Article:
Thursday, 2 August 2012

VENGEANCE DAY DVD review

The debut film from Gareth Evans, director of The Raid, has just been released on DVD. But is it any good and does it show a taster of what was to come?



Short answer, no. This no budget thriller from 2006 is amateur beyond belief, and despite my best efforts to find an inkling of the stylish direction Evans showed off in The Raid, there's not a lot going for this film.


Starting with creepy camcorder footage of a gravelly voiced man making two men fight to death in an underpass, nothing in the rest of the film comes close to having the same effect. It's not helped by the following ten minutes containing no dialogue, and a cast made up almost entirely of non-actors with very little screen presence. Undergoing a major makeover in time for its DVD release, the film has had a re-titling from Footsteps to Vengeance Day and a DVD cover image that has nothing to do with the film.

The plot involves Andrew (Nicolas Bool) becoming part of Wales' criminal underworld, leaving his job in a pie factory behind when he's hired as a helper in finding subjects for horrific snuff porn movies to sell on the black market. Taken under the wing of the charismatic but bizarrely accented lead henchman, Paul (Mads Koudal), Andrew learns how to select victims to take part in deadly street fights recorded by the unnamed cameraman (Jared Morgan).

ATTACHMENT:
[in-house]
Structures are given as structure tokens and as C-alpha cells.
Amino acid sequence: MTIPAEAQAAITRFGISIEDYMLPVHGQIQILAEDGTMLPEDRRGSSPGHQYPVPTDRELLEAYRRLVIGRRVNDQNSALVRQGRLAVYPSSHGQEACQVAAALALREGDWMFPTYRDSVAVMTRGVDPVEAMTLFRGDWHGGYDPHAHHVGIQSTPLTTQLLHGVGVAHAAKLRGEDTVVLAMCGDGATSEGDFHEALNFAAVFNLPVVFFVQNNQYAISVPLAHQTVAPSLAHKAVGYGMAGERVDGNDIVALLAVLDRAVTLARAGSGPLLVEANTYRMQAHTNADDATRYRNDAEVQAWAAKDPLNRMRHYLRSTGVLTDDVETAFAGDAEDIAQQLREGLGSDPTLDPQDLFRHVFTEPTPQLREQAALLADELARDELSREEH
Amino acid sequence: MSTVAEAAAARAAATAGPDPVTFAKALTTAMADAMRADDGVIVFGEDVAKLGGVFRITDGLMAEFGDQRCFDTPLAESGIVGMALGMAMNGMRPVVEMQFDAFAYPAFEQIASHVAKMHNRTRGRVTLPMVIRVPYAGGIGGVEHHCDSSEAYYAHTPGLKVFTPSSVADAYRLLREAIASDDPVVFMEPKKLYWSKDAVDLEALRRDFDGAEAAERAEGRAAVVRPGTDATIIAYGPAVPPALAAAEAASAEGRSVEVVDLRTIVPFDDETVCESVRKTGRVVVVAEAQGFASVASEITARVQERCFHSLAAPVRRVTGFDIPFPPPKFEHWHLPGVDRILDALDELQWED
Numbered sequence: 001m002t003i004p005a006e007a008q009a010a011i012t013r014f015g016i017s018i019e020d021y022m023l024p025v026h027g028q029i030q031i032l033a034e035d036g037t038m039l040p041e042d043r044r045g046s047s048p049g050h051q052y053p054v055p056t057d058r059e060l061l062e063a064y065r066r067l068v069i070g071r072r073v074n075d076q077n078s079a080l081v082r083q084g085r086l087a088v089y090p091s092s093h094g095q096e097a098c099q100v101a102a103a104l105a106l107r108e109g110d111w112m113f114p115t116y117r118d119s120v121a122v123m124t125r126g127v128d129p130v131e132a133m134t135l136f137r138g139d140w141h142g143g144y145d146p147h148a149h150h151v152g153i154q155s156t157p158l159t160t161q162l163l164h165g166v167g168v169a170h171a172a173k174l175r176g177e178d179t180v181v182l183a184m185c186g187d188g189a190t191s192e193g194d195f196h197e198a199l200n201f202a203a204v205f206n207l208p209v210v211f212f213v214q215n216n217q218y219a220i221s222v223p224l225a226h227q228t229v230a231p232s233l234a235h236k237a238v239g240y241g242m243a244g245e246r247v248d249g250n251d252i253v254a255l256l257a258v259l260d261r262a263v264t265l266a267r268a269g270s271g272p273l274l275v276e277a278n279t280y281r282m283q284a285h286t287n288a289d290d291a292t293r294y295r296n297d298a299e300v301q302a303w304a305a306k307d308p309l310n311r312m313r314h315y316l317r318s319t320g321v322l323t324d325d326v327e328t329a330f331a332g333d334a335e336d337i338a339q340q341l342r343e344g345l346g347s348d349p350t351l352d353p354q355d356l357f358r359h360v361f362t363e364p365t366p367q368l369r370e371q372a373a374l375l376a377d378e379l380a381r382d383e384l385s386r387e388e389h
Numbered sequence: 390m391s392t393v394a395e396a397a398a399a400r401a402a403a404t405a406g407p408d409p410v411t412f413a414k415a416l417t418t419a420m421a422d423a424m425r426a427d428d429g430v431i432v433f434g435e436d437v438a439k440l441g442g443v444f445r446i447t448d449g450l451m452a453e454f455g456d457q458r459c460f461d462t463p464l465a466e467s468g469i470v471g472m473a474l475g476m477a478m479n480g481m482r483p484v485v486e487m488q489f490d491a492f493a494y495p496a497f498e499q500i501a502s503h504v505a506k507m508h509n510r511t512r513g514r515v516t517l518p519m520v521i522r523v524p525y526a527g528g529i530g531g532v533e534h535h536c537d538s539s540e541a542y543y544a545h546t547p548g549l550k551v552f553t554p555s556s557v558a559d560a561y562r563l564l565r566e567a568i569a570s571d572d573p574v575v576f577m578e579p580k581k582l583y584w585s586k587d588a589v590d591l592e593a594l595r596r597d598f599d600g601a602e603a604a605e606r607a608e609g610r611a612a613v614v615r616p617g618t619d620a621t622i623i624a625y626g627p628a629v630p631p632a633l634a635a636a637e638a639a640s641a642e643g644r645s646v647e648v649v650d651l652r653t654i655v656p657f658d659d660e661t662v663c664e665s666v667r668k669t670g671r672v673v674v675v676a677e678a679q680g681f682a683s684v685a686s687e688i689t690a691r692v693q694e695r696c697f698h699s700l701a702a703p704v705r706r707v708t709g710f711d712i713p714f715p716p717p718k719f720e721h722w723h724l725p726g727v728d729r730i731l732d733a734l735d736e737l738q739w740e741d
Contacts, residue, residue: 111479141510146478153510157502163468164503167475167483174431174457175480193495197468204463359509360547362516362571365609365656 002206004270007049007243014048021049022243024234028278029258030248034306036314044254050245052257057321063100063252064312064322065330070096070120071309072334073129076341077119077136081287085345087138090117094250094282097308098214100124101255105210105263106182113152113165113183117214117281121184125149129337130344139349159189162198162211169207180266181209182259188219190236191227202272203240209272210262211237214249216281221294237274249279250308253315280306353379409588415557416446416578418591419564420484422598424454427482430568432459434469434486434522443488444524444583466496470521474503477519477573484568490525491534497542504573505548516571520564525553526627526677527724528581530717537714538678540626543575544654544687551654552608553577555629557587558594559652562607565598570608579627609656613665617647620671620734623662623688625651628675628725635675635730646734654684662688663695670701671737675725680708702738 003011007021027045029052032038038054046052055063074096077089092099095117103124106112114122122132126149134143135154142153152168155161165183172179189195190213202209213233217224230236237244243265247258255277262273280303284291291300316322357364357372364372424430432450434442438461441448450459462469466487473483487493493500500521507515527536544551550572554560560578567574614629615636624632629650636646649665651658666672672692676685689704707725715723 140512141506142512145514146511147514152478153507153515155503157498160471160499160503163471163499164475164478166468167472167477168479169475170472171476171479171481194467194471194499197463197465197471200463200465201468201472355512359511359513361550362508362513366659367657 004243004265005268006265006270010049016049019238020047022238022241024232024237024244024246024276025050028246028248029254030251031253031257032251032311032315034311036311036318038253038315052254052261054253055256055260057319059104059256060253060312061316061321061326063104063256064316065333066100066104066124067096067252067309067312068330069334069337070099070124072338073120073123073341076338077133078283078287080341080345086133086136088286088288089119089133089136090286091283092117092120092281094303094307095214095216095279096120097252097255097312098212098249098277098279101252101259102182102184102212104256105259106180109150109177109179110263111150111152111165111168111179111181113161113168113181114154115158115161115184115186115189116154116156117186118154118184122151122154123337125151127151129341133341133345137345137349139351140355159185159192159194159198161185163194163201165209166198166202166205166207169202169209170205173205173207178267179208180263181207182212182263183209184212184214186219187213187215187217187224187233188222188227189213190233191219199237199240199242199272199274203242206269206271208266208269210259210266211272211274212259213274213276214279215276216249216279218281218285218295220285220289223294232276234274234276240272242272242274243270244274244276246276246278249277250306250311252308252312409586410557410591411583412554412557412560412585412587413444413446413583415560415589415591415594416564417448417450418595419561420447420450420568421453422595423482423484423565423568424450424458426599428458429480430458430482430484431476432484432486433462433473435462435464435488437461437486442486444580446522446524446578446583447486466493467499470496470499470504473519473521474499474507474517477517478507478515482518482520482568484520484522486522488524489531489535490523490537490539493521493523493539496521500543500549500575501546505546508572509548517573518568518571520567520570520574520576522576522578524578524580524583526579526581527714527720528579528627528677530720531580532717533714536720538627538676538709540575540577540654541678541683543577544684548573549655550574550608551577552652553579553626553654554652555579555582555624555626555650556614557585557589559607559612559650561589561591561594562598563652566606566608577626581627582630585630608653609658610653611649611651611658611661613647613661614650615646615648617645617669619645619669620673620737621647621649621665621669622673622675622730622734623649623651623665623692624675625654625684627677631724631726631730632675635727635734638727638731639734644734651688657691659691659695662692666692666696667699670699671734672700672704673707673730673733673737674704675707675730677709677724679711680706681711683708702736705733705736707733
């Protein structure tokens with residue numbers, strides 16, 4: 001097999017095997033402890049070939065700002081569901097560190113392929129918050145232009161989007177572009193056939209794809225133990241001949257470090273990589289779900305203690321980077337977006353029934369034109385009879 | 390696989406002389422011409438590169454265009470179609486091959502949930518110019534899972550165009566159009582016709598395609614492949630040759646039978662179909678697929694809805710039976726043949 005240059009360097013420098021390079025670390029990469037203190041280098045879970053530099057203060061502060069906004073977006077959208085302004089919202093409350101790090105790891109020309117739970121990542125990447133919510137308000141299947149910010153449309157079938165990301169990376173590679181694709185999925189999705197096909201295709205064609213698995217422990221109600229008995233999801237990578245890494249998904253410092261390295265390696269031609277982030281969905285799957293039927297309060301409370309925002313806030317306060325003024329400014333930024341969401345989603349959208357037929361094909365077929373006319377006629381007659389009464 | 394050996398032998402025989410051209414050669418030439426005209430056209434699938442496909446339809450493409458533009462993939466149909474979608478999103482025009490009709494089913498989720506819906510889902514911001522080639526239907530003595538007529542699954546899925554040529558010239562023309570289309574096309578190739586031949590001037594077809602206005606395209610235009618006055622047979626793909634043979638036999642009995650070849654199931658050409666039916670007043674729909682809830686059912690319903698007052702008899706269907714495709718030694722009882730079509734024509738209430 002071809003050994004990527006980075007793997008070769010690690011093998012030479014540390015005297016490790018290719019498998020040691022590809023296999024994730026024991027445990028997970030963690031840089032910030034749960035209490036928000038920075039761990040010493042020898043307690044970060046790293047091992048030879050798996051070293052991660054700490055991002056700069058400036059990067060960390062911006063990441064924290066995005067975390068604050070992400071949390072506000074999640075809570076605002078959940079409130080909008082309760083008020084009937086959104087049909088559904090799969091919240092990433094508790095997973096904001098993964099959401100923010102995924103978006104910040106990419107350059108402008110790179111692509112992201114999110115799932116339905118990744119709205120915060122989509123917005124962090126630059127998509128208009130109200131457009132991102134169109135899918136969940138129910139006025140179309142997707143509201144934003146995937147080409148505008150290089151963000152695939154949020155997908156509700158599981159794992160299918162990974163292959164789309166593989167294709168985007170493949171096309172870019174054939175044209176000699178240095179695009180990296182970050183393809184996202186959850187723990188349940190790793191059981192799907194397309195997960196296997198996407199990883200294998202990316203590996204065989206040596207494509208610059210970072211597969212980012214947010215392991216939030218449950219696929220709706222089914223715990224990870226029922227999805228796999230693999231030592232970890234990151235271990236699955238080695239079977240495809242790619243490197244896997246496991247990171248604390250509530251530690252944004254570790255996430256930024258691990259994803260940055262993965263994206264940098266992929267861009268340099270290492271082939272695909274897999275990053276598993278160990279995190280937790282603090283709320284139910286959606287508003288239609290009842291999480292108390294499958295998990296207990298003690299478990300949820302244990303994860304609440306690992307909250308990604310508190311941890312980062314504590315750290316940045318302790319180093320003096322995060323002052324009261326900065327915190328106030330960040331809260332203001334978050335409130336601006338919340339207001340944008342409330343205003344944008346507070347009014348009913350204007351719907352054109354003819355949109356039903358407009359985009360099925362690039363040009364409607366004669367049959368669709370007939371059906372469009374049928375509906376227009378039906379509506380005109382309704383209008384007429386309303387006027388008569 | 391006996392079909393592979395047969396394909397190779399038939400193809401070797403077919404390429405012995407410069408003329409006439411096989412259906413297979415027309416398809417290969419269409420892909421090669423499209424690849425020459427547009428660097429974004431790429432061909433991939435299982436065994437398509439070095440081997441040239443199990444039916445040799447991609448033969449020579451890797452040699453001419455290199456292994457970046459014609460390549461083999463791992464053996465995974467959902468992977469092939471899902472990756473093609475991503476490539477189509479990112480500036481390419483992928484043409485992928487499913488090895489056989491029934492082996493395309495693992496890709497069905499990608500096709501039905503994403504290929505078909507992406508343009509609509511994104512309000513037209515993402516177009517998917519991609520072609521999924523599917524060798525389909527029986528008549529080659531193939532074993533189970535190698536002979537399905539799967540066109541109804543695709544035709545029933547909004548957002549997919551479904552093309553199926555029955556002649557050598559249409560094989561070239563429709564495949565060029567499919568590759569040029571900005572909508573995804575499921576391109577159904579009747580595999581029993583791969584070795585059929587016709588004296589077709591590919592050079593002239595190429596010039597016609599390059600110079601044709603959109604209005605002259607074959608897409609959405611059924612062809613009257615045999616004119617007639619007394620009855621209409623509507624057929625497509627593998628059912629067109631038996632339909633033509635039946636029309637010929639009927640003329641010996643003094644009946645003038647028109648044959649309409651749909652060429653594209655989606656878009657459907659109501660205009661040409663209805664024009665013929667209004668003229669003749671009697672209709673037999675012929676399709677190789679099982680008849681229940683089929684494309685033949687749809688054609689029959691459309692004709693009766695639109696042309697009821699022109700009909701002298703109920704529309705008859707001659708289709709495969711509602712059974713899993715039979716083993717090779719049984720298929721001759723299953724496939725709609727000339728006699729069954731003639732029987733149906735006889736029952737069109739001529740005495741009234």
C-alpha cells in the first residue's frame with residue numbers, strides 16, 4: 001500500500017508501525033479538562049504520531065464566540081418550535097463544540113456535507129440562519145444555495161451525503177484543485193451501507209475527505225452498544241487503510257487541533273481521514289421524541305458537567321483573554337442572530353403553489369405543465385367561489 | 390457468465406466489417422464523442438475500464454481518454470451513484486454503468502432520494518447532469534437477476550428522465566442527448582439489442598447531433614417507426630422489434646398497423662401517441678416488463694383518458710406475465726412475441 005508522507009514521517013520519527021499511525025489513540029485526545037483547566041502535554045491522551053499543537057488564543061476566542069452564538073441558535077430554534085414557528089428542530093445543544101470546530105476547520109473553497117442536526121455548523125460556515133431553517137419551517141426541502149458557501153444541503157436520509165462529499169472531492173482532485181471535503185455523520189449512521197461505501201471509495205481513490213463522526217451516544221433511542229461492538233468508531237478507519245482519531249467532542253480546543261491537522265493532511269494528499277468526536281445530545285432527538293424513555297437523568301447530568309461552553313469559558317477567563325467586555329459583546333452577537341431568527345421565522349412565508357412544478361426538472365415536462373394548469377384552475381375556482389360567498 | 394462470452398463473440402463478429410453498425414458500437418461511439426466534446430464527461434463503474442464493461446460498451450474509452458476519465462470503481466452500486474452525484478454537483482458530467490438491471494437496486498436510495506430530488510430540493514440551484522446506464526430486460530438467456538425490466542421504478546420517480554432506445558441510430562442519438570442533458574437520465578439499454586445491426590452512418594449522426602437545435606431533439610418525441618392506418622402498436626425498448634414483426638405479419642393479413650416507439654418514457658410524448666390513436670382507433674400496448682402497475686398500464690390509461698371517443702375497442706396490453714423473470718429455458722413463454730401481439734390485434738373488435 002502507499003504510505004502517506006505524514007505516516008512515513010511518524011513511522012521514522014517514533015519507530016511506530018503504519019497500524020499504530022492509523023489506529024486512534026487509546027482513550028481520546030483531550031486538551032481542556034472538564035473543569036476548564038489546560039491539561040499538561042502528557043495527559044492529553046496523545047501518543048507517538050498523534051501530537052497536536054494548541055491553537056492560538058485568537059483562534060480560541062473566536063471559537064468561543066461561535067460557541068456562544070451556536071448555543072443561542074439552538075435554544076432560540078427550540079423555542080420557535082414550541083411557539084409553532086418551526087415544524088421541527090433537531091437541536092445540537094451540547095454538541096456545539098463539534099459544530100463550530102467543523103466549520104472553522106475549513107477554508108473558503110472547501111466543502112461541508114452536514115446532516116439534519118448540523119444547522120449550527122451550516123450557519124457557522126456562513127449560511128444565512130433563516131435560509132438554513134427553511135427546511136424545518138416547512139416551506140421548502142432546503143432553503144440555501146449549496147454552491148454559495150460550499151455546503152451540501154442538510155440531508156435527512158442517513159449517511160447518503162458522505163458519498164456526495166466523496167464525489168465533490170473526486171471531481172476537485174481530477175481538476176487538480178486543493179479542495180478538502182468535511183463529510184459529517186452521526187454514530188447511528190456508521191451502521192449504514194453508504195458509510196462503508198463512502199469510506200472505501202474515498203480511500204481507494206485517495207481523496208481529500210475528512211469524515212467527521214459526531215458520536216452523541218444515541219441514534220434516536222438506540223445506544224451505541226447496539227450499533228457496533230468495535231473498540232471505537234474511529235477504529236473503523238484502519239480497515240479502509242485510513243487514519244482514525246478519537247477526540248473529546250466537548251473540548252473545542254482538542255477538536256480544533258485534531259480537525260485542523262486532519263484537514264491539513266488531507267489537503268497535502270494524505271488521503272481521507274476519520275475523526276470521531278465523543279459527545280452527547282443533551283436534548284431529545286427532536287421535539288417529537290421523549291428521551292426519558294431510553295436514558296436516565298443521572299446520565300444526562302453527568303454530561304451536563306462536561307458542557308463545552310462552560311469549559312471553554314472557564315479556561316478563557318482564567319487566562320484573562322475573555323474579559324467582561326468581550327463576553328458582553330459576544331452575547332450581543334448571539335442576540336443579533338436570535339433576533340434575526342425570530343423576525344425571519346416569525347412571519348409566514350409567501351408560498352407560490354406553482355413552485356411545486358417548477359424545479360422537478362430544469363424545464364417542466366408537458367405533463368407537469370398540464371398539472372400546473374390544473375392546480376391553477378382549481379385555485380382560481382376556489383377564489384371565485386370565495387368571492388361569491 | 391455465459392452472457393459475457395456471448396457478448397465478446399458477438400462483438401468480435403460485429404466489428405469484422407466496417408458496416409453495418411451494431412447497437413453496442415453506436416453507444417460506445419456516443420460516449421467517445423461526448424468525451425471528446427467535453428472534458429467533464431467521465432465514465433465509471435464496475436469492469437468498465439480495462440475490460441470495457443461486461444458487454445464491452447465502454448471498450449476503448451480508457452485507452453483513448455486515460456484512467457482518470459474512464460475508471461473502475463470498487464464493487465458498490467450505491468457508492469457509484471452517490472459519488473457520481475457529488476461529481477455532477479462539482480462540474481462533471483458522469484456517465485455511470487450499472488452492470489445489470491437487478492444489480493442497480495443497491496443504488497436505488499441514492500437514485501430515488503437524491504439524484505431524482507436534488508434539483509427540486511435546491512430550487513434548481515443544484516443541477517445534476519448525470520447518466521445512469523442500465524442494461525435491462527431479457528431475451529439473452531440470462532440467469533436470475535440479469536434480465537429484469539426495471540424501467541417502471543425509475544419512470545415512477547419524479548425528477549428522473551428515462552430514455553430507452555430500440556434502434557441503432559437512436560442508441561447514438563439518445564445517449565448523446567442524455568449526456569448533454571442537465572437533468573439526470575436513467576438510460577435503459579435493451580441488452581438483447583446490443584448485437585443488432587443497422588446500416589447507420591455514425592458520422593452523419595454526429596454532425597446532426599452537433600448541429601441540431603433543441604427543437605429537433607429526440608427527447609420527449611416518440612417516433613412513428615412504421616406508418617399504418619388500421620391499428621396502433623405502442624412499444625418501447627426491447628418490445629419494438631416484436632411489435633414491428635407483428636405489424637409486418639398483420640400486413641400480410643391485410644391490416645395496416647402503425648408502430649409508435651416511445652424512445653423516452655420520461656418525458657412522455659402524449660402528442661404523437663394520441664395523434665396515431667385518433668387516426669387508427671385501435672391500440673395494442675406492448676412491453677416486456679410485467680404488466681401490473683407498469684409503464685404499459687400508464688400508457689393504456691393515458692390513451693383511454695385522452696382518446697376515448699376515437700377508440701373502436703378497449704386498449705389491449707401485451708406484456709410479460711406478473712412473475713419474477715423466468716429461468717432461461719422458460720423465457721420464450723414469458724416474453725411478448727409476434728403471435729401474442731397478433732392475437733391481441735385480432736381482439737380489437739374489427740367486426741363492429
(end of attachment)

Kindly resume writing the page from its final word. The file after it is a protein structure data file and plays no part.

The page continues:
More than a little unpolished, Vengeance Day is shot on low quality video that varies wildly depending on the lighting. It's clear that this is the work of an unexperienced director learning his trade, and seen as an intriguing chance to check out the director of the Raid's early work, there's little of the style and action he would go on to show. As a directorial training exercise, this is a film that probably shouldn't have resurfaced out of Gareth Evans' own personal collection, but then, I'd be surprised to learn he had any involvement in its re-release.

There's a definite grittiness that's never more apparent than in its Taxi Driver meets A Serbian Film finale, but the film as a whole is a massive disappointment considering how much of a pleasant surprise The Raid was.


It's a film that's never better than its opening scene in terms of power, impact and style; and the poor acting from the non-professionals makes this film memorable for the wrong reasons. If The Raid is a stylishly choreographed brawl performed by an international cast of professionals, Vengeance Day is a drunken post-pub fist fight on a Welsh street corner. They really should have stuck with the original title as Footsteps sums it up quite well, really. Plodding.


Verdict




Special Features:
+ Scene Selection

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